For the list-maker

If you like to keep track of everything you read, a book journal is the way to go. There are too many versions to list here, but for my money, simpler is better. Potter Style — an imprint of the Crown Publishing Group — offers several options. The What I Read mini-journal is $8 on amazon.com and about as simple as you can get. It’s pretty no-frills, perfect for the reader who simply wants to keep a record of her reading. The Reading Journal: For Book Lovers ($12.99) is more like a diary, offering a few more special features and more room to write notes on books that you’ve read and loved.

For Kennedyphiles

A triple-whammy for those who can’t get enough of the famous political family during 50th anniversary year of John F. Kennedy’s inauguration:

Jacqueline Kennedy: Historic Conversations on Life With John F. Kennedy by Caroline Kennedy and Michael Beschloss (Hyperion, $60). Jacqueline Kennedy recorded seven interviews in the mid-’60s about her life with JFK. This illustrated book and eight-CD oral history project allows readers to read about and hear the actual interviews.

Jack Kennedy: Elusive Hero by Chris Matthews (Simon & Schuster, $27.50). Matthews personally interviewed those closest to JFK for his up-close biography.

11/22/63 by Stephen King (Scribner, $35). In this time-travel behemoth (849 pages), King imagines a world where JFK’s assassination could have been thwarted.

For the home librarians

Bookends are a great gift. It’s something not too many people think about buying for themselves but can always use. These can be purchased at department stores, home decor stores, bookstores, specialty gift stores, online, and even garage and estate sales! Prices can run the gamut, from a couple of bucks at an office supply store to hundreds of dollars at a high-end antique store. To get an idea of what’s out there, do a simple Internet search for “bookends.”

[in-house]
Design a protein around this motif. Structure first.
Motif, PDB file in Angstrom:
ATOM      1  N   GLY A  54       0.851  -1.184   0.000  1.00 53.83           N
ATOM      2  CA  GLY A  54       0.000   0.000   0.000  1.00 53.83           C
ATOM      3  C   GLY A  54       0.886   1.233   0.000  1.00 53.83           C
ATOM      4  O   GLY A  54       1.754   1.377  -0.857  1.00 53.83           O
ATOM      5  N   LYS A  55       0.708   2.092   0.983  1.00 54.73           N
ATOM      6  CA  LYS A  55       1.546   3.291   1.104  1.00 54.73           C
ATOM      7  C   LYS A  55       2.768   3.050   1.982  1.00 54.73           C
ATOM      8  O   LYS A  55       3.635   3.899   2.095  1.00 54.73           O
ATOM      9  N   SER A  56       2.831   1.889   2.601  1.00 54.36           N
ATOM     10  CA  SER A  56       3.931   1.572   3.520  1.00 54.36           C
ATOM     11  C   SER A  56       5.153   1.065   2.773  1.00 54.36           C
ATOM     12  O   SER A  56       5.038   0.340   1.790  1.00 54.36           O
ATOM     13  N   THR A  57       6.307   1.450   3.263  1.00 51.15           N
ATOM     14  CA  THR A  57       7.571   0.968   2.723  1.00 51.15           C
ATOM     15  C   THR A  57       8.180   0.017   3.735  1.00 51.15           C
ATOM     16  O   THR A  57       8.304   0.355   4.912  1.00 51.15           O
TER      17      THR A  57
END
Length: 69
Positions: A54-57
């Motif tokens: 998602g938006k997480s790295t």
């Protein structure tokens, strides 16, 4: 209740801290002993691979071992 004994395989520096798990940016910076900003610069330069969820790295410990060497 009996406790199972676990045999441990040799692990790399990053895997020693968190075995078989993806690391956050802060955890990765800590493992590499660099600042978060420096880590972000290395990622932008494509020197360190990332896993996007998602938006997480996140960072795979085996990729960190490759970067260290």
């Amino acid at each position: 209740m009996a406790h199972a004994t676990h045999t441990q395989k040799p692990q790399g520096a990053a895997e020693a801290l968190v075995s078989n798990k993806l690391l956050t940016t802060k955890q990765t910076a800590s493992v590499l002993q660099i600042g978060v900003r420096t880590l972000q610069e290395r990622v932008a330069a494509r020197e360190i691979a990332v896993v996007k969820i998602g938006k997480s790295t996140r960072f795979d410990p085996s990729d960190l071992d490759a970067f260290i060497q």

For kids of all ages

Children and adults alike will thoroughly enjoy the pop-up treatment of two classic stories. Quentin Blake, who has illustrated most of Roald Dahl’s children’s books, again lends his artistic hands to Charlie and the Chocolate Factory (Puffin, $29.99), which is full of pop-ups, pull-tabs and secret flaps woven within the childhood favorite. The Odyssey: A Pop-Up Book by Sam Ita (Sterling, $26.95) is a beautiful mash-up of graphic novel and pop-up, putting an ancient story into a wholly accessible and modern format.

For those who like to stay informed

It’s not cheap, but a subscription to Publishers Weekly is the gift that keeps on giving. With 51 issues in a one-year subscription, book lovers can keep abreast on what’s what’s going on in the world of books. Cost is $249.99 for one year print and digital; digital only, $180. More information: publishersweekly.com.

For true blue Chicagoans

Chicago author Sara Paretsky celebrates the 30th anniversary of the first V.I. Warshawski mystery with her 15th book in the series, Breakdown, which features something for everyone — Chicago politics, murder, tween girls, vampires, 24/7 media coverage and more. Since the book doesn’t come out until Jan. 3, it’s the perfect gift to get yourself with that book store gift card you got for Christmas.